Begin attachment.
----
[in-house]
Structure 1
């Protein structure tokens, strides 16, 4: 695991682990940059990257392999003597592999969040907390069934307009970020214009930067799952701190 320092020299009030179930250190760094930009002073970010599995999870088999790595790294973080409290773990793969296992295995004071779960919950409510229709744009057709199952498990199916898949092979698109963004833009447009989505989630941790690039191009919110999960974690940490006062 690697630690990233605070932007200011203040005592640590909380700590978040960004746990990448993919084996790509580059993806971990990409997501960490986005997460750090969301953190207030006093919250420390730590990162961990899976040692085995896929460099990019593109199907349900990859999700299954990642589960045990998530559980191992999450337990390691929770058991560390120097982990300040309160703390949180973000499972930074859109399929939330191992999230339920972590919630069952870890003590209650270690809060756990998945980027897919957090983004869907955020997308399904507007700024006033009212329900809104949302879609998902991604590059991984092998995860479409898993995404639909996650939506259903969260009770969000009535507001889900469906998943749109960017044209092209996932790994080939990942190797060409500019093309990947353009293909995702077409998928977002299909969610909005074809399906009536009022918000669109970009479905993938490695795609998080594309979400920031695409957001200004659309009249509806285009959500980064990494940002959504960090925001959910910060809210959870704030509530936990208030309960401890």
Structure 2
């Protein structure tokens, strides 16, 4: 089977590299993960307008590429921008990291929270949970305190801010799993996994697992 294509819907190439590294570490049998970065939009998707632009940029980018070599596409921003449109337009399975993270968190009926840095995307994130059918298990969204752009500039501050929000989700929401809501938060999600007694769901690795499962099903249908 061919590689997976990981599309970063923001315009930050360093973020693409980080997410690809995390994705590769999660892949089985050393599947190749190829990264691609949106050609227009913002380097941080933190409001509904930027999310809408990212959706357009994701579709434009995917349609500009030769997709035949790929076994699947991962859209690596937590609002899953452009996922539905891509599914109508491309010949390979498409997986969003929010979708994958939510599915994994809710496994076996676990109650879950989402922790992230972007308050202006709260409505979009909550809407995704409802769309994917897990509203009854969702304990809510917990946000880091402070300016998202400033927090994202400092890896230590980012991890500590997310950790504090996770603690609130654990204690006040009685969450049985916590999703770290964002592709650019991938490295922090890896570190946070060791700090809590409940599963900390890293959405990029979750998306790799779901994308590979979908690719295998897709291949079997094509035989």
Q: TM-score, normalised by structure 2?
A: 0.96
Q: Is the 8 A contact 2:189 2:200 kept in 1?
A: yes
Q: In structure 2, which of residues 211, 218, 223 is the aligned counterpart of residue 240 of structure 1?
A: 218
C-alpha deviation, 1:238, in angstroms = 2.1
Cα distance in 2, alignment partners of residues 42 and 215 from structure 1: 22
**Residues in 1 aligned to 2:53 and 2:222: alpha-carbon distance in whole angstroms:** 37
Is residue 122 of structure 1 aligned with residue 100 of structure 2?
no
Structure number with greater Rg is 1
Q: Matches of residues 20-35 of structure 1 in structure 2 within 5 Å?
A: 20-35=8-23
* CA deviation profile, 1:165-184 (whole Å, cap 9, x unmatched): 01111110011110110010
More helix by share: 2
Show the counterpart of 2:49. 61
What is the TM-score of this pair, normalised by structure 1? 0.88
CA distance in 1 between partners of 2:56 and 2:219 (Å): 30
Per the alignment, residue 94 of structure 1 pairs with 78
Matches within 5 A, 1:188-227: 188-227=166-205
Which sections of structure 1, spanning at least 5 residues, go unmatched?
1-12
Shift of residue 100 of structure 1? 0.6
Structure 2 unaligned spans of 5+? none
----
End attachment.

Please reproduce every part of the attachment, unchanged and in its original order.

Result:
[in-house]
Structure 1
């Protein structure tokens, strides 16, 4: 695991682990940059990257392999003597592999969040907390069934307009970020214009930067799952701190 320092020299009030179930250190760094930009002073970010599995999870088999790595790294973080409290773990793969296992295995004071779960919950409510229709744009057709199952498990199916898949092979698109963004833009447009989505989630941790690039191009919110999960974690940490006062 690697630690990233605070932007200011203040005592640590909380700590978040960004746990990448993919084996790509580059993806971990990409997501960490986005997460750090969301953190207030006093919250420390730590990162961990899976040692085995896929460099990019593109199907349900990859999700299954990642589960045990998530559980191992999450337990390691929770058991560390120097982990300040309160703390949180973000499972930074859109399929939330191992999230339920972590919630069952870890003590209650270690809060756990998945980027897919957090983004869907955020997308399904507007700024006033009212329900809104949302879609998902991604590059991984092998995860479409898993995404639909996650939506259903969260009770969000009535507001889900469906998943749109960017044209092209996932790994080939990942190797060409500019093309990947353009293909995702077409998928977002299909969610909005074809399906009536009022918000669109970009479905993938490695795609998080594309979400920031695409957001200004659309009249509806285009959500980064990494940002959504960090925001959910910060809210959870704030509530936990208030309960401890």
Structure 2
């Protein structure tokens, strides 16, 4: 089977590299993960307008590429921008990291929270949970305190801010799993996994697992 294509819907190439590294570490049998970065939009998707632009940029980018070599596409921003449109337009399975993270968190009926840095995307994130059918298990969204752009500039501050929000989700929401809501938060999600007694769901690795499962099903249908 061919590689997976990981599309970063923001315009930050360093973020693409980080997410690809995390994705590769999660892949089985050393599947190749190829990264691609949106050609227009913002380097941080933190409001509904930027999310809408990212959706357009994701579709434009995917349609500009030769997709035949790929076994699947991962859209690596937590609002899953452009996922539905891509599914109508491309010949390979498409997986969003929010979708994958939510599915994994809710496994076996676990109650879950989402922790992230972007308050202006709260409505979009909550809407995704409802769309994917897990509203009854969702304990809510917990946000880091402070300016998202400033927090994202400092890896230590980012991890500590997310950790504090996770603690609130654990204690006040009685969450049985916590999703770290964002592709650019991938490295922090890896570190946070060791700090809590409940599963900390890293959405990029979750998306790799779901994308590979979908690719295998897709291949079997094509035989």
Q: TM-score, normalised by structure 2?
A: 0.96
Q: Is the 8 A contact 2:189 2:200 kept in 1?
A: yes
Q: In structure 2, which of residues 211, 218, 223 is the aligned counterpart of residue 240 of structure 1?
A: 218
C-alpha deviation, 1:238, in angstroms = 2.1
Cα distance in 2, alignment partners of residues 42 and 215 from structure 1: 22
**Residues in 1 aligned to 2:53 and 2:222: alpha-carbon distance in whole angstroms:** 37
Is residue 122 of structure 1 aligned with residue 100 of structure 2?
no
Structure number with greater Rg is 1
Q: Matches of residues 20-35 of structure 1 in structure 2 within 5 Å?
A: 20-35=8-23
* CA deviation profile, 1:165-184 (whole Å, cap 9, x unmatched): 01111110011110110010
More helix by share: 2
Show the counterpart of 2:49. 61
What is the TM-score of this pair, normalised by structure 1? 0.88
CA distance in 1 between partners of 2:56 and 2:219 (Å): 30
Per the alignment, residue 94 of structure 1 pairs with 78
Matches within 5 A, 1:188-227: 188-227=166-205
Which sections of structure 1, spanning at least 5 residues, go unmatched?
1-12
Shift of residue 100 of structure 1? 0.6
Structure 2 unaligned spans of 5+? none